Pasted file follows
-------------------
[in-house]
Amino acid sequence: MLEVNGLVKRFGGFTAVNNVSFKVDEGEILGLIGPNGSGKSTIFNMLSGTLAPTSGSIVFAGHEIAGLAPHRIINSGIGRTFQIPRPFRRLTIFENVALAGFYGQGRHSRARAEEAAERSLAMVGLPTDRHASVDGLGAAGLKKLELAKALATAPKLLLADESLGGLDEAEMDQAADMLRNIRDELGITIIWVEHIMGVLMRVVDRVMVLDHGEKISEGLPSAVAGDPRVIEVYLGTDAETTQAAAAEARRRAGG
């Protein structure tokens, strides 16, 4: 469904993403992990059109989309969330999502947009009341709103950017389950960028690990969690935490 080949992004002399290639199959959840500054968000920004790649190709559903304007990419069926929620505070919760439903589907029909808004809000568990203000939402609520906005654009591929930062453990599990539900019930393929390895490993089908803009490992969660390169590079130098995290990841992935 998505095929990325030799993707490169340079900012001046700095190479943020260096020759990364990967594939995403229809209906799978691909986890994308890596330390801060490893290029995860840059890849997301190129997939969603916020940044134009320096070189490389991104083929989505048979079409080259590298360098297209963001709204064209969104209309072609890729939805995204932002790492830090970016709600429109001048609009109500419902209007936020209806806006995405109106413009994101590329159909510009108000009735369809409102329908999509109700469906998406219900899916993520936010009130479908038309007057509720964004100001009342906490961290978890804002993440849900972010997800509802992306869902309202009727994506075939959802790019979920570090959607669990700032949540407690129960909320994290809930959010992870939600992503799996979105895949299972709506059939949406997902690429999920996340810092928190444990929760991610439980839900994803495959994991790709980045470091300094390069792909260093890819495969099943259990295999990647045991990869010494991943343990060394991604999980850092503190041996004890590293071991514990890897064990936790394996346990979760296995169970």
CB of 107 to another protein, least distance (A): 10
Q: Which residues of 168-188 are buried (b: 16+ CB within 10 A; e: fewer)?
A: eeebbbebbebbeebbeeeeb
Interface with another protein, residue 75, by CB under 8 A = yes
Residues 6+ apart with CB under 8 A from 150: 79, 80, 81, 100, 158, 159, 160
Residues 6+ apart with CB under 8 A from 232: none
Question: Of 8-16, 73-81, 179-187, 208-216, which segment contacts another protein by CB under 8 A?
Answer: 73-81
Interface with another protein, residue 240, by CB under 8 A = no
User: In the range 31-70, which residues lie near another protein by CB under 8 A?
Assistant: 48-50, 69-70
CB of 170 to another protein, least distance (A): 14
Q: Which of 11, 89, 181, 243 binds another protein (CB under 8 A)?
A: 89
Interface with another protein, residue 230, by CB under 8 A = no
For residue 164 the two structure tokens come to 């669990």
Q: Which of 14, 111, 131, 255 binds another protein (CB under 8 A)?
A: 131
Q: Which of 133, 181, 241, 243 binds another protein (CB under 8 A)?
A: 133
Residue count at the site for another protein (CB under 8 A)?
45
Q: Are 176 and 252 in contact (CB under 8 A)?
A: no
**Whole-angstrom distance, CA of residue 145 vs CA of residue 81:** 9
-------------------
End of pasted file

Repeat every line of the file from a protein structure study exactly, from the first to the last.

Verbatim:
[in-house]
Amino acid sequence: MLEVNGLVKRFGGFTAVNNVSFKVDEGEILGLIGPNGSGKSTIFNMLSGTLAPTSGSIVFAGHEIAGLAPHRIINSGIGRTFQIPRPFRRLTIFENVALAGFYGQGRHSRARAEEAAERSLAMVGLPTDRHASVDGLGAAGLKKLELAKALATAPKLLLADESLGGLDEAEMDQAADMLRNIRDELGITIIWVEHIMGVLMRVVDRVMVLDHGEKISEGLPSAVAGDPRVIEVYLGTDAETTQAAAAEARRRAGG
């Protein structure tokens, strides 16, 4: 469904993403992990059109989309969330999502947009009341709103950017389950960028690990969690935490 080949992004002399290639199959959840500054968000920004790649190709559903304007990419069926929620505070919760439903589907029909808004809000568990203000939402609520906005654009591929930062453990599990539900019930393929390895490993089908803009490992969660390169590079130098995290990841992935 998505095929990325030799993707490169340079900012001046700095190479943020260096020759990364990967594939995403229809209906799978691909986890994308890596330390801060490893290029995860840059890849997301190129997939969603916020940044134009320096070189490389991104083929989505048979079409080259590298360098297209963001709204064209969104209309072609890729939805995204932002790492830090970016709600429109001048609009109500419902209007936020209806806006995405109106413009994101590329159909510009108000009735369809409102329908999509109700469906998406219900899916993520936010009130479908038309007057509720964004100001009342906490961290978890804002993440849900972010997800509802992306869902309202009727994506075939959802790019979920570090959607669990700032949540407690129960909320994290809930959010992870939600992503799996979105895949299972709506059939949406997902690429999920996340810092928190444990929760991610439980839900994803495959994991790709980045470091300094390069792909260093890819495969099943259990295999990647045991990869010494991943343990060394991604999980850092503190041996004890590293071991514990890897064990936790394996346990979760296995169970």
CB of 107 to another protein, least distance (A): 10
Q: Which residues of 168-188 are buried (b: 16+ CB within 10 A; e: fewer)?
A: eeebbbebbebbeebbeeeeb
Interface with another protein, residue 75, by CB under 8 A = yes
Residues 6+ apart with CB under 8 A from 150: 79, 80, 81, 100, 158, 159, 160
Residues 6+ apart with CB under 8 A from 232: none
Question: Of 8-16, 73-81, 179-187, 208-216, which segment contacts another protein by CB under 8 A?
Answer: 73-81
Interface with another protein, residue 240, by CB under 8 A = no
User: In the range 31-70, which residues lie near another protein by CB under 8 A?
Assistant: 48-50, 69-70
CB of 170 to another protein, least distance (A): 14
Q: Which of 11, 89, 181, 243 binds another protein (CB under 8 A)?
A: 89
Interface with another protein, residue 230, by CB under 8 A = no
For residue 164 the two structure tokens come to 């669990």
Q: Which of 14, 111, 131, 255 binds another protein (CB under 8 A)?
A: 131
Q: Which of 133, 181, 241, 243 binds another protein (CB under 8 A)?
A: 133
Residue count at the site for another protein (CB under 8 A)?
45
Q: Are 176 and 252 in contact (CB under 8 A)?
A: no
**Whole-angstrom distance, CA of residue 145 vs CA of residue 81:** 9